NCAA National Athletes of the Week Shine at Conference Meets
NEW ORLEANS — What do our National Athletes of the Week in NCAA Indoor Track & Field have in common?
They all put forth incredible performances this past weekend at their respective conference championships.
You can find out more about them by clicking their names or scrolling below.
- NCAA Division I Men — Ryan Crouser, Texas
- NCAA Division I Women — Akela Jones, Kansas State
- NCAA Division II Men — Jayce Thomas, Missouri Southern
- NCAA Division II Women — Salcia Slack, New Mexico Highlands
- NCAA Division III Men — Alex Mess, UW-Eau Claire
- NCAA Division III Women — Nia Joiner, Illinois Wesleyan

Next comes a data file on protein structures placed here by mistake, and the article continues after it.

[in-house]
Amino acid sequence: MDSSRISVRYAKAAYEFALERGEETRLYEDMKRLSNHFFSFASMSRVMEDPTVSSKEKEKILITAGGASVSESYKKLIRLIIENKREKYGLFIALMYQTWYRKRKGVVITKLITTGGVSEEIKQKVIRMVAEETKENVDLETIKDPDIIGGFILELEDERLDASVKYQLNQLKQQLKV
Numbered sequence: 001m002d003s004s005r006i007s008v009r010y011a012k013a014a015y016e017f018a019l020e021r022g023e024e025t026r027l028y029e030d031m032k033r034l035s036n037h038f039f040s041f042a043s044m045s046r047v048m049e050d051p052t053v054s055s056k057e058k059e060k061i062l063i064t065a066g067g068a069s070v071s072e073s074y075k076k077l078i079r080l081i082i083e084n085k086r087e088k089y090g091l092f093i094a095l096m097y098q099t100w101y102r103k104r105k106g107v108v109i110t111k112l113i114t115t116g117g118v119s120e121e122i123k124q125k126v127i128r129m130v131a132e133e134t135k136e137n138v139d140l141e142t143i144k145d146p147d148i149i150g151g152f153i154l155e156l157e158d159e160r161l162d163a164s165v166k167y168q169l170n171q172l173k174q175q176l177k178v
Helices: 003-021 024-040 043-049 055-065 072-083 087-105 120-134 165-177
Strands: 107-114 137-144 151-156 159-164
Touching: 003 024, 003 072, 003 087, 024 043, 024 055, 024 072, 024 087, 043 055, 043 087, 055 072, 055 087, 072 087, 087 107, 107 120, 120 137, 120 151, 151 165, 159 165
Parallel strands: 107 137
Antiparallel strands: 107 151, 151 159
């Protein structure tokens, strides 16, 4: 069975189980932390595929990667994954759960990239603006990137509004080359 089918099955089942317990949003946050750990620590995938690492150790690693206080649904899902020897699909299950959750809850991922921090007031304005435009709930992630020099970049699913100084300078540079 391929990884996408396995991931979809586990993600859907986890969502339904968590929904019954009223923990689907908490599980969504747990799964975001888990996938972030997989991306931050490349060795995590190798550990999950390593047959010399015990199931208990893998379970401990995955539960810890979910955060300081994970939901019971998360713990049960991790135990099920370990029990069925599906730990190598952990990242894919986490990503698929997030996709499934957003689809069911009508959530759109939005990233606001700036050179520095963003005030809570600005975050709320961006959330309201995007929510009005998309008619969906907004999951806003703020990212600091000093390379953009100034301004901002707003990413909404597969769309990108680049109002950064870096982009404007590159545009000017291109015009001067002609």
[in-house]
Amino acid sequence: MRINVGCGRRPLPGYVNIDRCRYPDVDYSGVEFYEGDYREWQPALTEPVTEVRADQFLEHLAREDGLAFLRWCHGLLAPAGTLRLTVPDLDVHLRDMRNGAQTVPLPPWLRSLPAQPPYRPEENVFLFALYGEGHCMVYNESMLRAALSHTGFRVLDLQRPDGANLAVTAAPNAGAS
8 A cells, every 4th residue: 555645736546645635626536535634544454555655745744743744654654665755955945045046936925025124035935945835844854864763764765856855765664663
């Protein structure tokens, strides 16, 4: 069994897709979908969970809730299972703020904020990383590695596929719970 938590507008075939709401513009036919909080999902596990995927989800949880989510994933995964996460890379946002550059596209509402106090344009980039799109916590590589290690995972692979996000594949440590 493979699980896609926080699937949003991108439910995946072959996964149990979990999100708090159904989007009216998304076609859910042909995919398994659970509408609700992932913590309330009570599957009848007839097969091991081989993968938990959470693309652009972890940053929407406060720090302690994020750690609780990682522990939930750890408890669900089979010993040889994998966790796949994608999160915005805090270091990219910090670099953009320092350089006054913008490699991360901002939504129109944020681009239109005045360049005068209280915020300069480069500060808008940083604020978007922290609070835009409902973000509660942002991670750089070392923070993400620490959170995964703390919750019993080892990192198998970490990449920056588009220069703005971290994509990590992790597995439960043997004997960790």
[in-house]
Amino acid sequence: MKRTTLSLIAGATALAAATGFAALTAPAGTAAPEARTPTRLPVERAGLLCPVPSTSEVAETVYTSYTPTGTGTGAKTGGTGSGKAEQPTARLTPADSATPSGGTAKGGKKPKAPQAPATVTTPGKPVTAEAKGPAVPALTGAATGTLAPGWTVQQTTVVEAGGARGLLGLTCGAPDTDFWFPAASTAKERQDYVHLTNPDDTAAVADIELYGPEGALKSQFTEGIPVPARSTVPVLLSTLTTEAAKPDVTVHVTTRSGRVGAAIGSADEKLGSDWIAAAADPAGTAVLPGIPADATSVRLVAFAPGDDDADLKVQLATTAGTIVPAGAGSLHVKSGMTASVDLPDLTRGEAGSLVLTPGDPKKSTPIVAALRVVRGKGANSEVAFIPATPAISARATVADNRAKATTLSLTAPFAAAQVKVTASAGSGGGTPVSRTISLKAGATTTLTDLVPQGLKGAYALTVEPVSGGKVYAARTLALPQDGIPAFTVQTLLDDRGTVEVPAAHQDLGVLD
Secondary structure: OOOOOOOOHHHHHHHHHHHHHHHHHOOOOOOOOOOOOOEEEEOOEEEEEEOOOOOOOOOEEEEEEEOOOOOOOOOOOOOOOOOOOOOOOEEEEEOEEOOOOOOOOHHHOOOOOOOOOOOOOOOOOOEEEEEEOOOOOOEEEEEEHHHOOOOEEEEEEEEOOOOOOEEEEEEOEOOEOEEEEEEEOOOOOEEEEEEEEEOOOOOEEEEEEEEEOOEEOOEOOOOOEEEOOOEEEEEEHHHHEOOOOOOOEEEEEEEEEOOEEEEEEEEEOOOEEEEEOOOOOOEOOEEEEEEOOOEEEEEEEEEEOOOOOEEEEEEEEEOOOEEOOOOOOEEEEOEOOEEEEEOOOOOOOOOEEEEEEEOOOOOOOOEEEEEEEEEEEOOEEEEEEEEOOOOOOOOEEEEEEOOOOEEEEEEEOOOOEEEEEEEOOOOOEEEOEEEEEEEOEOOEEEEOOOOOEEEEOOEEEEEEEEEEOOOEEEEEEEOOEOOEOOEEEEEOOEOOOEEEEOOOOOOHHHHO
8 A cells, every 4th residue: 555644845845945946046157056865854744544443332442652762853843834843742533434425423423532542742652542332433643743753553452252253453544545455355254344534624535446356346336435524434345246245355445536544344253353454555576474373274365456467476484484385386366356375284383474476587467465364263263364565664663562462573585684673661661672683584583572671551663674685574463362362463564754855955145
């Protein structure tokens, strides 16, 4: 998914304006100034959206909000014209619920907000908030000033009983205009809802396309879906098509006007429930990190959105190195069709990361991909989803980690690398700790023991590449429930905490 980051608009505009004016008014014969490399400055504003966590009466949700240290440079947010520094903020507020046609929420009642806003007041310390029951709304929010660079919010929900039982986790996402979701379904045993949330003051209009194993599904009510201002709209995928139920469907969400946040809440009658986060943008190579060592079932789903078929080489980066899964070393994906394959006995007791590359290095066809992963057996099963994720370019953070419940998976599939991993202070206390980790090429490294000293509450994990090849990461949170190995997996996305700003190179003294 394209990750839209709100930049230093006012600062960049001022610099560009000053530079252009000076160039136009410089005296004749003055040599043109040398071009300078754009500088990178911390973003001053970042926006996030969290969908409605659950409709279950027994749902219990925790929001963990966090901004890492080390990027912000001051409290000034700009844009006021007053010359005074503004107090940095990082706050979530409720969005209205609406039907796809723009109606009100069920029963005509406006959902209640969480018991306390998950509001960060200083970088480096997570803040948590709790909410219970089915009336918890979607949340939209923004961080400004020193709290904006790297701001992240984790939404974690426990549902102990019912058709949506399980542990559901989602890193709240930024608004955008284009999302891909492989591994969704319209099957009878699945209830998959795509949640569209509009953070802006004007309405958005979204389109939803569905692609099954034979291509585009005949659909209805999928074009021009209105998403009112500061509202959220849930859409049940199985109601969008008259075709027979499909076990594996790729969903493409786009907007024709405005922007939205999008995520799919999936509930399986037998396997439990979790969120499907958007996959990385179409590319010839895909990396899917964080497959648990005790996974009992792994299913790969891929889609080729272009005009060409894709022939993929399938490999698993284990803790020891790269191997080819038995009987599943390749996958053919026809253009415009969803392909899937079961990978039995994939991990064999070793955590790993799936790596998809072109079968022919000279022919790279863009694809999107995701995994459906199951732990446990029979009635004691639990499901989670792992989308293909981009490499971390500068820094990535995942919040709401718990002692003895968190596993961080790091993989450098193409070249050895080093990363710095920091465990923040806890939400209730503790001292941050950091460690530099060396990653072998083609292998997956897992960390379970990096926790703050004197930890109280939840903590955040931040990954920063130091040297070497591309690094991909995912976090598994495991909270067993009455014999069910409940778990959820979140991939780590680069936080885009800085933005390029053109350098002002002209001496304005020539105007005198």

National Athlete of the Week is an award selected and presented by the USTFCCCA Communications Staff at the beginning of each week to eight collegiate indoor track & field athletes (male and female for each of the three NCAA divisions and the NJCAA).
Nominations are open to the public. Coaches and sports information directors are encouraged to nominate their student-athletes; as are student-athletes, their families and friends, and fans of their programs.
The award seeks to highlight not only the very best times, marks and scores on a week-to-week basis, but also performances that were significant on the national landscape and/or the latest in a series of strong outings. Quality of competition, suspenseful finishes and other factors will also play a role in the decision.
Senior | Throws
By virtue of his first attempt this past weekend, Crouser won the Big 12 title in the shot put.
After locking that up, Crouser set his sights on a bigger goal — a collegiate record.